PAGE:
Security risks
Mostly, users are not aware of risks related to spam ware and virus databases. Spy ware can steal your personal and important information, credit card numbers, and your shopping information. They further use illegal ways of sharing information. The bad spyware programs interfere with normal computer operations. Some virus programs redirect your internet browser to different web addresses and increase risks of infection.

Virus threats require your serious attention
A virus or spyware can replicate itself and stick to any document that you send to other computers. A virus can travel through internet via e-mail attachment, and can cause harm to millions of computers. When you are opening e-mails, it is necessary to scan before opening it. Most of people have no idea about how to deal with this type of situation. Some viruses and spyware are really hard to find out from your computer, because they are hidden in the document files. They change their names and act like your documents.
If you get an e-mail from unknown source or ask to download a file from internet that you are not familiar with, then avoid it and keep your security system updated. In addition, regularly update the database. Check it and save your computer from viruses and all spyware. The best way to protect your computer from viruses is to educate yourself about computer viruses and become familiar with software, which looks like malicious software.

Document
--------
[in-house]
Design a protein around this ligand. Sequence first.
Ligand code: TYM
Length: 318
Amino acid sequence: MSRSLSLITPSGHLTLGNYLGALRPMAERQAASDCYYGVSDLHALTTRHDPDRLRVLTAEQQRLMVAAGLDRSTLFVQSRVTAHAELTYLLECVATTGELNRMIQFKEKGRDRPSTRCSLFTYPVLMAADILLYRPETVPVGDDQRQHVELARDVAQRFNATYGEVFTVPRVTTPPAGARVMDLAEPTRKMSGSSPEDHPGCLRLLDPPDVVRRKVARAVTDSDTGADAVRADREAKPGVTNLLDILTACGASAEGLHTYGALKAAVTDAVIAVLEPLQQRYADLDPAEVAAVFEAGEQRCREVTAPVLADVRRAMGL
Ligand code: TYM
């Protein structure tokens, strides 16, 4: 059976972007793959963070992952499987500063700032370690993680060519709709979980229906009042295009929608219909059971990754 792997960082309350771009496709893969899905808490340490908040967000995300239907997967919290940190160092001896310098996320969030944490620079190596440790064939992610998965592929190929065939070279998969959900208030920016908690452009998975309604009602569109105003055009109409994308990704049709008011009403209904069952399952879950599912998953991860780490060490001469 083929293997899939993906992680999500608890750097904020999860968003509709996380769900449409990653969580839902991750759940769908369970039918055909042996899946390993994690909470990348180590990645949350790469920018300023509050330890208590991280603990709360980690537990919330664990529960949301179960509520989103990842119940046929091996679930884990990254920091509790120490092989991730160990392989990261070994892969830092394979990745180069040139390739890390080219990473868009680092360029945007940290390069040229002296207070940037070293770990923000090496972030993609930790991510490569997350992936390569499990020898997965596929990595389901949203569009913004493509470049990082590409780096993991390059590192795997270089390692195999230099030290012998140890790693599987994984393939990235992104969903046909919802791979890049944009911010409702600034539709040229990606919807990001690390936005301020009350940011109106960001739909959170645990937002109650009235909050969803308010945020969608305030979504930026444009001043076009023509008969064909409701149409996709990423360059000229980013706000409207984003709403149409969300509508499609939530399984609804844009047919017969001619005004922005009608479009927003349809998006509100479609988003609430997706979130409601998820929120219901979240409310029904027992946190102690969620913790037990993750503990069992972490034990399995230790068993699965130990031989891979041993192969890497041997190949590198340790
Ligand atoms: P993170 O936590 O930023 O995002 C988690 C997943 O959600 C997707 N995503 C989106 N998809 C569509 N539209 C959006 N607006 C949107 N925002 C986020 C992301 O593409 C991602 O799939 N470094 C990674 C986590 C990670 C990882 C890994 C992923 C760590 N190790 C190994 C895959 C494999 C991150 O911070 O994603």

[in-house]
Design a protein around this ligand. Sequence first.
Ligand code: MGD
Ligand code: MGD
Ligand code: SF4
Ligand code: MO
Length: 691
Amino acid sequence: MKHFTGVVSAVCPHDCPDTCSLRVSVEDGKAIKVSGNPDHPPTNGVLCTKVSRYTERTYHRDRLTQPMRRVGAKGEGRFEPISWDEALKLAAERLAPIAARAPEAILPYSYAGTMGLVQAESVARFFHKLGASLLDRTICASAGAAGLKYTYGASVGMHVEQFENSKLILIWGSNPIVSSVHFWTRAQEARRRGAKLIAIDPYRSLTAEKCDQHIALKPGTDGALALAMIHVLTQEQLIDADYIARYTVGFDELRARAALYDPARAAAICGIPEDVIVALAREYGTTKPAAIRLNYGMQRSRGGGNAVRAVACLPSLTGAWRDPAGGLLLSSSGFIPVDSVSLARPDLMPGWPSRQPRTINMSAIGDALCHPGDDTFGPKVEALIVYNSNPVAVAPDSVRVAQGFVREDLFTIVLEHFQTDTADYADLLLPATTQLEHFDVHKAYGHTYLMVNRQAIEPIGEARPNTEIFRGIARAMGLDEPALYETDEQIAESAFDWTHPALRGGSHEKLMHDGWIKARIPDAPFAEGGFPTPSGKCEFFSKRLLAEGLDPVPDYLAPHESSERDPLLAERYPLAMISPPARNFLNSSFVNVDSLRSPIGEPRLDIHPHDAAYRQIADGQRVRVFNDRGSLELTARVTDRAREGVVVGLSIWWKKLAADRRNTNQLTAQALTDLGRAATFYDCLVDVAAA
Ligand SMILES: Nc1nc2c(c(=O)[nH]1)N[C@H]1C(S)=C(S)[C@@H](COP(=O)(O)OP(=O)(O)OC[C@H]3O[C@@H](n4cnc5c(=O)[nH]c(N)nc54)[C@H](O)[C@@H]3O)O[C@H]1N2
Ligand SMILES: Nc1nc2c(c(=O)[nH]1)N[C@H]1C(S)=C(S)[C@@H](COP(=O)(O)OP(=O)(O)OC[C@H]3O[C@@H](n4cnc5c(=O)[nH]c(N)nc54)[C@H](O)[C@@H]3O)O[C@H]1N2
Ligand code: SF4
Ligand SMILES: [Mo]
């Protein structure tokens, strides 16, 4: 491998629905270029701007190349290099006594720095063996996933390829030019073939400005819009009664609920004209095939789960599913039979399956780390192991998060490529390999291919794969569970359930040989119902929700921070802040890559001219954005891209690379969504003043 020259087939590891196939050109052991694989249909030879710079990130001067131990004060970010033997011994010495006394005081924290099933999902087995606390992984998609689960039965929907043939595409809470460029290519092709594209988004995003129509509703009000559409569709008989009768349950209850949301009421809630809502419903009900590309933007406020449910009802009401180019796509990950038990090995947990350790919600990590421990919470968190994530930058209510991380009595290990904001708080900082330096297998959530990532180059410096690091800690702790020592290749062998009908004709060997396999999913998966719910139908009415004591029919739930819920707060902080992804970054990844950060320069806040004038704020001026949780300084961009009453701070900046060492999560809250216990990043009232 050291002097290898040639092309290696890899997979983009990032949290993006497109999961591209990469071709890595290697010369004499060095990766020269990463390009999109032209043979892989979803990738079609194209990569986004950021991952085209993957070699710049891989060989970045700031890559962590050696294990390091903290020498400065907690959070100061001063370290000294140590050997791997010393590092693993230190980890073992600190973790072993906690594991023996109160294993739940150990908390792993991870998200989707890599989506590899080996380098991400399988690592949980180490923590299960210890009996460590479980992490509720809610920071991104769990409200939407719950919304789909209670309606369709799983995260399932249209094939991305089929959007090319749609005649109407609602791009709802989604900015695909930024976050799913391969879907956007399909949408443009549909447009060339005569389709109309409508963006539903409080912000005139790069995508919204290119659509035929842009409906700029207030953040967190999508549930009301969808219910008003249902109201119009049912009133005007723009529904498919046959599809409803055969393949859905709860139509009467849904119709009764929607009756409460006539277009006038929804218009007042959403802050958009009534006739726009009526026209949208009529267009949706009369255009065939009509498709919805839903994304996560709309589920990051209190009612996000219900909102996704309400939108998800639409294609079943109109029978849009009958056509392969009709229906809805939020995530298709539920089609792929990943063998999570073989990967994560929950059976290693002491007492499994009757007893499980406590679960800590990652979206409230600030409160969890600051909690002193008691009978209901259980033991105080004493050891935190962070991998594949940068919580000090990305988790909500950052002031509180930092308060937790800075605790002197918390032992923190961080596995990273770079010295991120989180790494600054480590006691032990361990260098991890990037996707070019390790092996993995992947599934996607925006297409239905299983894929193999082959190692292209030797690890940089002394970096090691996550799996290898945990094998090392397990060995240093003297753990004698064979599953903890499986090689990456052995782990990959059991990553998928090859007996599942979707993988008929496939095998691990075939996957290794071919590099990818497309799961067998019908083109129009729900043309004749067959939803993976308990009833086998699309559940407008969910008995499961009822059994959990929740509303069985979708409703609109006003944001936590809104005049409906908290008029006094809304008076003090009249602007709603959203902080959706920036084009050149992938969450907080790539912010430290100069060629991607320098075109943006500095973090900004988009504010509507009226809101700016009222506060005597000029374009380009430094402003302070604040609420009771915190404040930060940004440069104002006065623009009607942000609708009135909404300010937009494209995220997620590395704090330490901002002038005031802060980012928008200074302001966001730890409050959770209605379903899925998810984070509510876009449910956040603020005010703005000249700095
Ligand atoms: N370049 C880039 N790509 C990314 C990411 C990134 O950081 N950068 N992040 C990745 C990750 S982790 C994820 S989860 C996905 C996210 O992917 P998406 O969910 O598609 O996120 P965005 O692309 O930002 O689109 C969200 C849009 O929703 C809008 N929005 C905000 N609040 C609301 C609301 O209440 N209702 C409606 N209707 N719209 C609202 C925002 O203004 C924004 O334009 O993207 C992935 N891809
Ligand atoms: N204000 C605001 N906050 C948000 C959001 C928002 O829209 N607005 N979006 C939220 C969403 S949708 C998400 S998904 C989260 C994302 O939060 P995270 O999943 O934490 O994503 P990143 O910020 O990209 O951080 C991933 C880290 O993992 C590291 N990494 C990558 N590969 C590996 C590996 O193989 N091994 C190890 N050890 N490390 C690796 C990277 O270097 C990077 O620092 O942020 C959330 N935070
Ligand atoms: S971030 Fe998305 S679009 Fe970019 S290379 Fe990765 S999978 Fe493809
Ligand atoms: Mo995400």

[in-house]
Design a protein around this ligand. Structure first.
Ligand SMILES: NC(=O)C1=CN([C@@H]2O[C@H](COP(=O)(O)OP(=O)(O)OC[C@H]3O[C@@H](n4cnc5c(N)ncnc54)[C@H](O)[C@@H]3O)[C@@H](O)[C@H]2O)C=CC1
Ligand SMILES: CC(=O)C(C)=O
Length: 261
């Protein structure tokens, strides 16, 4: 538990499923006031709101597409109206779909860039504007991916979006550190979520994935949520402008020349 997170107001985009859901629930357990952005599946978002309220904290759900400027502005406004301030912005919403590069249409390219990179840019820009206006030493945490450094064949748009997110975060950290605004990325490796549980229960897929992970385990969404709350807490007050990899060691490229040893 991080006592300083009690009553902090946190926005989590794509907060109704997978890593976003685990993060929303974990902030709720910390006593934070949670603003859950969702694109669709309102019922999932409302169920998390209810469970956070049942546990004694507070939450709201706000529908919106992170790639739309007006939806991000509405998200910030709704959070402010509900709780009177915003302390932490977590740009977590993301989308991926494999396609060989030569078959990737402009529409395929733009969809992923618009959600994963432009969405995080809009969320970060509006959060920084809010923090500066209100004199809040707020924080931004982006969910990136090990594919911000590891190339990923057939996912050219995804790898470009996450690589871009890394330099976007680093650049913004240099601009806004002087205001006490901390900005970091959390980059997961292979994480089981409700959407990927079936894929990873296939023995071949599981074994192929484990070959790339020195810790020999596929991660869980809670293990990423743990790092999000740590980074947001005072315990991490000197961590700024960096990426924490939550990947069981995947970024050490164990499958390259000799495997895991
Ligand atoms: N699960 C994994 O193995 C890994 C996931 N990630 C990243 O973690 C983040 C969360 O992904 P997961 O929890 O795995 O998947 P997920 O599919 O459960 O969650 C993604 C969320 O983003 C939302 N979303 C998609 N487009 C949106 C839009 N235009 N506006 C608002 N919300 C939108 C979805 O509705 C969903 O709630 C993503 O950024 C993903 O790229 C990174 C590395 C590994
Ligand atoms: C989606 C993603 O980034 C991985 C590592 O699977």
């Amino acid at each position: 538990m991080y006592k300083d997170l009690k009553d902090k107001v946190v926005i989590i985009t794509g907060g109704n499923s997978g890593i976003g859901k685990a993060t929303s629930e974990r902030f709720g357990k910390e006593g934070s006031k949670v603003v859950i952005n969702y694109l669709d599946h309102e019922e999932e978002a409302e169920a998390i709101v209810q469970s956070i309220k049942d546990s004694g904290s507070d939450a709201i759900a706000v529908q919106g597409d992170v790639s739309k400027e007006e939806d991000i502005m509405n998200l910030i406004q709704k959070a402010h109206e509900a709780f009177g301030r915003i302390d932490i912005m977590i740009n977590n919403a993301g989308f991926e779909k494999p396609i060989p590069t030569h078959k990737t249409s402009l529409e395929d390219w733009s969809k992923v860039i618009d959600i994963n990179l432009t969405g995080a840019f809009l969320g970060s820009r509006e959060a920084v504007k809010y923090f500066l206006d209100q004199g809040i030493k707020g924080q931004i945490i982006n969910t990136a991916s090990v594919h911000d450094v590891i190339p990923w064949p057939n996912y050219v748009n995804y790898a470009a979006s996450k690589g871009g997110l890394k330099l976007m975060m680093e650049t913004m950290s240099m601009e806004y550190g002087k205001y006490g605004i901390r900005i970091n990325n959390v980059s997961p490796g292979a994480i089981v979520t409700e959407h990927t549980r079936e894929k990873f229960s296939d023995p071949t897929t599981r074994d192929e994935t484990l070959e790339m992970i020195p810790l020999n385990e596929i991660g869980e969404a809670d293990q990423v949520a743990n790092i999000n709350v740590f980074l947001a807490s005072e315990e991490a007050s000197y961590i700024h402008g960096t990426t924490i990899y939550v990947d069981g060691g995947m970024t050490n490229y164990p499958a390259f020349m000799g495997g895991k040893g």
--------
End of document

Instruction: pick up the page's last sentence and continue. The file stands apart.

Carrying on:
RSA's Art Coviello predicts 2012 to be the year of resiliency and adaptation
Credit: Wikipedia
RSA executive chairman Art Coviello said that if 2011 was the year of the attack, then 2012 will be the year of resiliency and adaptation within the industry.
In an open letter, Coviello said the company's experiences of this year "have indeed made us stronger and smarter".

“Our society has made unimaginable progress over the past 20 years through advances in information technology. It's our responsibility to sustain this advancement through a trusted digital world,” he said. He added that never in his career has he known CEOs and corporate boards to be as interested in security as they are now; and he cited one common theme: persistent, advanced and intelligent threats.